Skip to main content
U.S. flag

An official website of the United States government

Using Deuterium Oxide as a Non-Invasive, Non-Lethal Tool for Assessing Body Composition and Water Consumption in Mammals

Author(s):

Sarah E. Hooper
Amanda N. Eshelman
Ashley N. Cowan
Alicia Roistacher
Tyler S. Paneitz

Year:

2020

Publication type:

Scientific Journal (JRNL)

Primary Station(s):

Northern Research Station

Source:

Journal of Visualized Experiments

Description

Body condition scoring systems and body condition indices are common techniques used for assessing the health status or fitness of a species. Body condition scoring systems are evaluator dependent and have the potential to be highly subjective. Body condition indices can be confounded by foraging, the effects of body weight, as well as statistical and inferential problems. An alternative to body condition scoring systems and body condition indices is using a stable isotope such as deuterium oxide to determine body composition. The deuterium oxide dilution method is a repeatable, quantitative technique used to estimate body composition in humans, wildlife, and domestic species. Additionally, the deuterium oxide dilution technique can be used to determine the water consumption of an individual animal. Here, we describe the adaption of the deuterium oxide dilution technique for assessing body composition in big brown bats (Eptesicus fuscus) and for assessing water consumption in cats (Felis catis).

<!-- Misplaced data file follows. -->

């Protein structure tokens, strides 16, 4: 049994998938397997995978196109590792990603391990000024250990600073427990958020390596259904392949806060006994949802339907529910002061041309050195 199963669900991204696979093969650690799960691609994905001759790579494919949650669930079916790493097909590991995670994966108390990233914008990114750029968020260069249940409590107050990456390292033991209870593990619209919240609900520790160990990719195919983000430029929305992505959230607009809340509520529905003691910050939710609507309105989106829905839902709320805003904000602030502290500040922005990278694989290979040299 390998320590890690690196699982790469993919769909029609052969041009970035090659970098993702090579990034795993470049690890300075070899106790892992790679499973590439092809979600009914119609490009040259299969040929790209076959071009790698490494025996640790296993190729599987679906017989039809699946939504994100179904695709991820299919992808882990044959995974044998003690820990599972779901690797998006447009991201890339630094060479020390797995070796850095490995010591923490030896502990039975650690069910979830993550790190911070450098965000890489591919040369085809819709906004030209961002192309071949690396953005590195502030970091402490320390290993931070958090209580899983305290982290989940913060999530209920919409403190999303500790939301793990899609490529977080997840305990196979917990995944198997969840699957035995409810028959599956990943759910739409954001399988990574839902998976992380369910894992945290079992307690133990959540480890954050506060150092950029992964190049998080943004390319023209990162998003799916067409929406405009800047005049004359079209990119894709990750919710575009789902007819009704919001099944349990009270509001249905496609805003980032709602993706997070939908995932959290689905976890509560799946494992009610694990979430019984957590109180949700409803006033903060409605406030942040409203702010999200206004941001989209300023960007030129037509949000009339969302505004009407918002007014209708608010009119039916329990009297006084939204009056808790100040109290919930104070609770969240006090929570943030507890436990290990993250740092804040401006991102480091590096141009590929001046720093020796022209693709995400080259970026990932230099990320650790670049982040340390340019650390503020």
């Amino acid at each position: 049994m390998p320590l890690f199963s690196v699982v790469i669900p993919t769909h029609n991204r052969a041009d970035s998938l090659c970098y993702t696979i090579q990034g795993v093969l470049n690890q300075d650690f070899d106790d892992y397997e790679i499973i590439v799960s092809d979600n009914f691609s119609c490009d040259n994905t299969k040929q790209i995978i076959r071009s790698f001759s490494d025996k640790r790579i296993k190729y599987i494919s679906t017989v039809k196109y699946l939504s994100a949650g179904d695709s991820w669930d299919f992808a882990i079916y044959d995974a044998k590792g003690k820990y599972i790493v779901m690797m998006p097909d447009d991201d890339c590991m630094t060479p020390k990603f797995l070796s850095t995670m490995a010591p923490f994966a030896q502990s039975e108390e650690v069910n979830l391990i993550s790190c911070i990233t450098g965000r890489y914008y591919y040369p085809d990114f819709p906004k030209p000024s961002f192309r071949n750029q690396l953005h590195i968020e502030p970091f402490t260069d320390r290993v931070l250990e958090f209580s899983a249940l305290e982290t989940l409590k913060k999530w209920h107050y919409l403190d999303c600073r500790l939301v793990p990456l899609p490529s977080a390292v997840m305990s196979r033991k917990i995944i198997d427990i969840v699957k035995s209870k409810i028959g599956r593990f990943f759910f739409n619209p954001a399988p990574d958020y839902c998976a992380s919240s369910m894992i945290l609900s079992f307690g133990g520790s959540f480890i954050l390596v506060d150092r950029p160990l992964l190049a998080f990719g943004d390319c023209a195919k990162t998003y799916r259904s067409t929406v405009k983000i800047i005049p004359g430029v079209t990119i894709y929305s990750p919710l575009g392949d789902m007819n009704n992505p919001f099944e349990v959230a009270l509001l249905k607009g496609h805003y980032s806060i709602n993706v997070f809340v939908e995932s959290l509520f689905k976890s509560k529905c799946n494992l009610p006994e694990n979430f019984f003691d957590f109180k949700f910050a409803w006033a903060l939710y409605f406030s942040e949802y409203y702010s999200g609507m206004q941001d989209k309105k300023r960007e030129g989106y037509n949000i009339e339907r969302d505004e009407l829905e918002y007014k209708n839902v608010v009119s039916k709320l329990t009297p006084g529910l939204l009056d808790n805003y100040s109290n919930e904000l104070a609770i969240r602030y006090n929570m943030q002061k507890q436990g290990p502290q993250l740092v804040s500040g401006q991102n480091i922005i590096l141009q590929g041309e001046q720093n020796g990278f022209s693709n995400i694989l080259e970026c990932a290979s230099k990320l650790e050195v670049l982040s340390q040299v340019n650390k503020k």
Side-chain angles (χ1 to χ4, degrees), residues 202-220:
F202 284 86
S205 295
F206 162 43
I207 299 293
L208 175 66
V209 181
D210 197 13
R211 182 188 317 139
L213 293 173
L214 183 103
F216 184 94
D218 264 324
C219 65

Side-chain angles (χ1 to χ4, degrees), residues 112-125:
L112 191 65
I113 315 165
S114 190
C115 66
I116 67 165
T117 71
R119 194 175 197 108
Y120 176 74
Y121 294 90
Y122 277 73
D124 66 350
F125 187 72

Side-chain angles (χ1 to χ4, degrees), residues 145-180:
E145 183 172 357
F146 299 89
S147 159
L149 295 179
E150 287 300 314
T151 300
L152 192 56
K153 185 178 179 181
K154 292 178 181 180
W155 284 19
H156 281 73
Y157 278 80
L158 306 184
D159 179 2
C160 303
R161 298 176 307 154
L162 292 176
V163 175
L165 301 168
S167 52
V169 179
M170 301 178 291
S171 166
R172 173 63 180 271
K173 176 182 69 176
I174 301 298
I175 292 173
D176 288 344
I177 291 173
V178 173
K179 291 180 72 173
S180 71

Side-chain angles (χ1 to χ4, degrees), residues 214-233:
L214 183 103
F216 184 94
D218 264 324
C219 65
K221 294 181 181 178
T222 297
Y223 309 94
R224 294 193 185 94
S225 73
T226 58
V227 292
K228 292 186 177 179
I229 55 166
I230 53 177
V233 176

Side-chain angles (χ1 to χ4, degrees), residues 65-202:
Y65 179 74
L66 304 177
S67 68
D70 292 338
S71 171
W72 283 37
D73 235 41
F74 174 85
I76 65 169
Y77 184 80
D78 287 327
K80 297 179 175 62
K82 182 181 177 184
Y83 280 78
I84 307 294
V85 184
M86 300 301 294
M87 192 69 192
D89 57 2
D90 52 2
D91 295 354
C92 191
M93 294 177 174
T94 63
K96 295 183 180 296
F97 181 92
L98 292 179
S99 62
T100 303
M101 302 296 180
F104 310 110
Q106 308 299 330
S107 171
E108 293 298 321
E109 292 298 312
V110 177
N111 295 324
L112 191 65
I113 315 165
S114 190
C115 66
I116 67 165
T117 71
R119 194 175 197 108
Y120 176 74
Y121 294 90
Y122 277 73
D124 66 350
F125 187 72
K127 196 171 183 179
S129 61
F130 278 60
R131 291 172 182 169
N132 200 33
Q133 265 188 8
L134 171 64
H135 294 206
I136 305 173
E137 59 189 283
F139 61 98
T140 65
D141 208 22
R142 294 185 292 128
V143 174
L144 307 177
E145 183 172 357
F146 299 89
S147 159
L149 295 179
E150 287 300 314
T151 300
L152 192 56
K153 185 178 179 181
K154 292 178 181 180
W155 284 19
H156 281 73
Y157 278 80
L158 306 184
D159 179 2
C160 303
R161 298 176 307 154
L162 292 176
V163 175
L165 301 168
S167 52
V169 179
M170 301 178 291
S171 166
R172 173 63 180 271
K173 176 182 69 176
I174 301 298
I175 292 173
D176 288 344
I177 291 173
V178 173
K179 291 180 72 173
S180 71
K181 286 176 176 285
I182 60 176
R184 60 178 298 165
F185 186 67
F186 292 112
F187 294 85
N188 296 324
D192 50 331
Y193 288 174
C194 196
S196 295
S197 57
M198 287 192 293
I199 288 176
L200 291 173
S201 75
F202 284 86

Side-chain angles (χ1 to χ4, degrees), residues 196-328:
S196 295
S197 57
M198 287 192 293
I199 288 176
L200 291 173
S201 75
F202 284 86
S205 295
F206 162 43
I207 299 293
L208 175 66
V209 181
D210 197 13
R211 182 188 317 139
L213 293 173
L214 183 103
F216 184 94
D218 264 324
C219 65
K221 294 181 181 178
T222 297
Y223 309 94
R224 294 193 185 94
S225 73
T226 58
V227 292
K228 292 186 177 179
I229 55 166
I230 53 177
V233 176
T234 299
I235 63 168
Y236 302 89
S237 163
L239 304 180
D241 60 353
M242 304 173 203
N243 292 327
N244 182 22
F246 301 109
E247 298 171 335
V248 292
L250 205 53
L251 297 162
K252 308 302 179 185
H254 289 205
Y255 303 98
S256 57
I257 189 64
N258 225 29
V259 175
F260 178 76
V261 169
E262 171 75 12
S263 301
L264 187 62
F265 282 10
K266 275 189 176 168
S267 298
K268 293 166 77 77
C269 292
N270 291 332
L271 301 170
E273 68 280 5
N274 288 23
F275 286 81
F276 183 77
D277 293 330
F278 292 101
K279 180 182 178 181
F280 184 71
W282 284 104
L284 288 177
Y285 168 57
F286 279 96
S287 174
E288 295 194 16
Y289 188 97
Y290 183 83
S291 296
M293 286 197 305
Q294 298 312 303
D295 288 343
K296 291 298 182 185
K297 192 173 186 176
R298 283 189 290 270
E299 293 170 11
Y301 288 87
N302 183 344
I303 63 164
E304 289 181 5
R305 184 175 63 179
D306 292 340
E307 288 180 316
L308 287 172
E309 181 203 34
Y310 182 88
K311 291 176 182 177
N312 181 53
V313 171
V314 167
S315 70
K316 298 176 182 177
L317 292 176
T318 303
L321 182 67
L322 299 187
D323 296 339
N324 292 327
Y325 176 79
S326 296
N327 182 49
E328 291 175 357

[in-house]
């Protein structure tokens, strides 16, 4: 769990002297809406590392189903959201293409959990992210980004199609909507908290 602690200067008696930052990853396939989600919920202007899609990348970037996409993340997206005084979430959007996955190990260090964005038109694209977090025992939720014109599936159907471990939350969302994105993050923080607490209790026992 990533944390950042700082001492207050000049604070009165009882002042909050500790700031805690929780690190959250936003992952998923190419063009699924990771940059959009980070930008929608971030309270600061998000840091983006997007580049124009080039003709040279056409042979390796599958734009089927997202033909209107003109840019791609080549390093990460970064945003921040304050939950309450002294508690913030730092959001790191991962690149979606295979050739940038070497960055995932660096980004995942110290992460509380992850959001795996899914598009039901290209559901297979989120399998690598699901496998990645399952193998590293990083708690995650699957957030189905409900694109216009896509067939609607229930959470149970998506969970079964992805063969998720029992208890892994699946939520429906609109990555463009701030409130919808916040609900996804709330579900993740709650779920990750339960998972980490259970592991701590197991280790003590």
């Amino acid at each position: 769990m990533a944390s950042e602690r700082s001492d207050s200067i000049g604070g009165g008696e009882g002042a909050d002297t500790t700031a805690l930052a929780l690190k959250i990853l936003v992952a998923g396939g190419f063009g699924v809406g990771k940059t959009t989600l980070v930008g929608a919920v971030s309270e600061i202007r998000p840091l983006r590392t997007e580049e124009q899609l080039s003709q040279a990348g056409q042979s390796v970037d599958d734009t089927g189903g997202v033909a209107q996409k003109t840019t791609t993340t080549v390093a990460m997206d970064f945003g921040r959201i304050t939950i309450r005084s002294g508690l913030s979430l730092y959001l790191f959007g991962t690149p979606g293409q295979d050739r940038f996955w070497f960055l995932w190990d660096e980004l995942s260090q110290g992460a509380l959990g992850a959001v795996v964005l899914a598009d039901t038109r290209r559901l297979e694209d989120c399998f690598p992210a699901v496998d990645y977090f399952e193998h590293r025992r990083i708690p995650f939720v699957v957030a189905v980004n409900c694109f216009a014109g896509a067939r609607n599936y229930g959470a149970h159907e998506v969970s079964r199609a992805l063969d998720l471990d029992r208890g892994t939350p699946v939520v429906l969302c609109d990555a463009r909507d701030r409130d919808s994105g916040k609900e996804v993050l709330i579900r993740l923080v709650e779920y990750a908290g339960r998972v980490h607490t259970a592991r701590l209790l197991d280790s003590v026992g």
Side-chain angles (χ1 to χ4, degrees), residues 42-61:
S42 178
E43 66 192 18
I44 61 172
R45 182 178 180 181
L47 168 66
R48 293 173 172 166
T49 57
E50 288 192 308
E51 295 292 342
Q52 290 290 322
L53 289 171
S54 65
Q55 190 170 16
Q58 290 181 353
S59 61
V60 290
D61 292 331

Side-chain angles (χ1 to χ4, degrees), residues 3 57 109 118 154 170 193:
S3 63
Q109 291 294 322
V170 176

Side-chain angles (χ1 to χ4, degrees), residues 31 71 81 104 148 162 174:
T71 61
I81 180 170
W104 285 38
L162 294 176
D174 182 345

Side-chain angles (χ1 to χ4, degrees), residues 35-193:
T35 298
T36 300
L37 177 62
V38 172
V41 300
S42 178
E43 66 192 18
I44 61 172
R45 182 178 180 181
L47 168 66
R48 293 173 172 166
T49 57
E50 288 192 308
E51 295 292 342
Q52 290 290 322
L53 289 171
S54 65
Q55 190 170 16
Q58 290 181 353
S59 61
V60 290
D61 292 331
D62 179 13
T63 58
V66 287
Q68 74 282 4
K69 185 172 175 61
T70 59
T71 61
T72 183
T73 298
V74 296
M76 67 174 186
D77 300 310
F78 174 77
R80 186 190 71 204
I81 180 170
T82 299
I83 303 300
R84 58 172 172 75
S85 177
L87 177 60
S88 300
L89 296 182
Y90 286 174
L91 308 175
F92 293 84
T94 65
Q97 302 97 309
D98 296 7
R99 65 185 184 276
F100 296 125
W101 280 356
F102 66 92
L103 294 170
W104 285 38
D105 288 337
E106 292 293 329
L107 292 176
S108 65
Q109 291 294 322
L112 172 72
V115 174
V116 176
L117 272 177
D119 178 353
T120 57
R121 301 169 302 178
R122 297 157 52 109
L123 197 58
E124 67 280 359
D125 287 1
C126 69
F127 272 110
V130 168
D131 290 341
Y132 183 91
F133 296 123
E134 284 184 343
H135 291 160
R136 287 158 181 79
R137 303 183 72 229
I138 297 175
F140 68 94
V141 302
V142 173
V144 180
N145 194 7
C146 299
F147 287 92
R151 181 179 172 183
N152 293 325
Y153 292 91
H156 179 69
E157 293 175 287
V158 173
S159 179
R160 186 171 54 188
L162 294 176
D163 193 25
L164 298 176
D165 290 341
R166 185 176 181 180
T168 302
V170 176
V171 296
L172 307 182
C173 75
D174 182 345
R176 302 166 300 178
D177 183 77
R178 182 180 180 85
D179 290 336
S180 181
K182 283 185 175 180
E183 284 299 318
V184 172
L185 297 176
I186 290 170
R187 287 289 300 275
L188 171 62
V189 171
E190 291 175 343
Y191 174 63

Citation

Hooper, Sarah E.; Eshelman, Amanda N.; Cowan, Ashley N.; Roistacher, Alicia; Paneitz, Tyler S.; Amelon, Sybill K. 2020. Using Deuterium Oxide as a Non-Invasive, Non-Lethal Tool for Assessing Body Composition and Water Consumption in Mammals. Journal of Visualized Experiments. 156: e59442. 11 p. https://doi.org/10.3791/59442.

Cited

Publication Notes

  • We recommend that you also print this page and attach it to the printout of the article, to retain the full citation information.
  • This article was written and prepared by U.S. Government employees on official time, and is therefore in the public domain.
https://www.fs.usda.gov/treesearch/pubs/61098